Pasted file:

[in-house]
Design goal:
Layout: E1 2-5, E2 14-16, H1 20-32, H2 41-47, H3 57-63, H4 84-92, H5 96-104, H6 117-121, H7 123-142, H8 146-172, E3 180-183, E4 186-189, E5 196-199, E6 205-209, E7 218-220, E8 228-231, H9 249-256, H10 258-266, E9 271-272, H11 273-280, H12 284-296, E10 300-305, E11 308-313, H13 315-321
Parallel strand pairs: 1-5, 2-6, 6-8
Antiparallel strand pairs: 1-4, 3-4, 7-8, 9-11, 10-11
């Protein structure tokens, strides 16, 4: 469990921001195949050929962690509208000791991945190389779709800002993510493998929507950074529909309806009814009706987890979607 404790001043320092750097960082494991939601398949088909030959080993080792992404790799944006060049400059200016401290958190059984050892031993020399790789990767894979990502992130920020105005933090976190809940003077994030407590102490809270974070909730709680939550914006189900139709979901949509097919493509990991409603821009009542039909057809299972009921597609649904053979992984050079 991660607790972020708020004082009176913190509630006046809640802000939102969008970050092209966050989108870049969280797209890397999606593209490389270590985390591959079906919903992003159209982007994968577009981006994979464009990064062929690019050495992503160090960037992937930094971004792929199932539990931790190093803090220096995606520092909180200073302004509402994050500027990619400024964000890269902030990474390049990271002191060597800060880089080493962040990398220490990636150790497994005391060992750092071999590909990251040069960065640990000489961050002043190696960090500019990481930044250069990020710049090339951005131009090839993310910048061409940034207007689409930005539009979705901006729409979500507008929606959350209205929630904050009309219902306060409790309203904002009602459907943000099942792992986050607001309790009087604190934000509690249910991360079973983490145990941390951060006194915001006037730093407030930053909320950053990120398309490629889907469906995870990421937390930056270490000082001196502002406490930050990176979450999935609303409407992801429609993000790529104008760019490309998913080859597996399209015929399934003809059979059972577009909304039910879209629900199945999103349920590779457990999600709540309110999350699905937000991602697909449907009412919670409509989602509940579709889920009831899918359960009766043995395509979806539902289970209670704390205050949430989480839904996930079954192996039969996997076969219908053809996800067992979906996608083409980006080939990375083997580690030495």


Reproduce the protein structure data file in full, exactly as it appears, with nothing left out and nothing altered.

[in-house]
Design goal:
Layout: E1 2-5, E2 14-16, H1 20-32, H2 41-47, H3 57-63, H4 84-92, H5 96-104, H6 117-121, H7 123-142, H8 146-172, E3 180-183, E4 186-189, E5 196-199, E6 205-209, E7 218-220, E8 228-231, H9 249-256, H10 258-266, E9 271-272, H11 273-280, H12 284-296, E10 300-305, E11 308-313, H13 315-321
Parallel strand pairs: 1-5, 2-6, 6-8
Antiparallel strand pairs: 1-4, 3-4, 7-8, 9-11, 10-11
């Protein structure tokens, strides 16, 4: 469990921001195949050929962690509208000791991945190389779709800002993510493998929507950074529909309806009814009706987890979607 404790001043320092750097960082494991939601398949088909030959080993080792992404790799944006060049400059200016401290958190059984050892031993020399790789990767894979990502992130920020105005933090976190809940003077994030407590102490809270974070909730709680939550914006189900139709979901949509097919493509990991409603821009009542039909057809299972009921597609649904053979992984050079 991660607790972020708020004082009176913190509630006046809640802000939102969008970050092209966050989108870049969280797209890397999606593209490389270590985390591959079906919903992003159209982007994968577009981006994979464009990064062929690019050495992503160090960037992937930094971004792929199932539990931790190093803090220096995606520092909180200073302004509402994050500027990619400024964000890269902030990474390049990271002191060597800060880089080493962040990398220490990636150790497994005391060992750092071999590909990251040069960065640990000489961050002043190696960090500019990481930044250069990020710049090339951005131009090839993310910048061409940034207007689409930005539009979705901006729409979500507008929606959350209205929630904050009309219902306060409790309203904002009602459907943000099942792992986050607001309790009087604190934000509690249910991360079973983490145990941390951060006194915001006037730093407030930053909320950053990120398309490629889907469906995870990421937390930056270490000082001196502002406490930050990176979450999935609303409407992801429609993000790529104008760019490309998913080859597996399209015929399934003809059979059972577009909304039910879209629900199945999103349920590779457990999600709540309110999350699905937000991602697909449907009412919670409509989602509940579709889920009831899918359960009766043995395509979806539902289970209670704390205050949430989480839904996930079954192996039969996997076969219908053809996800067992979906996608083409980006080939990375083997580690030495």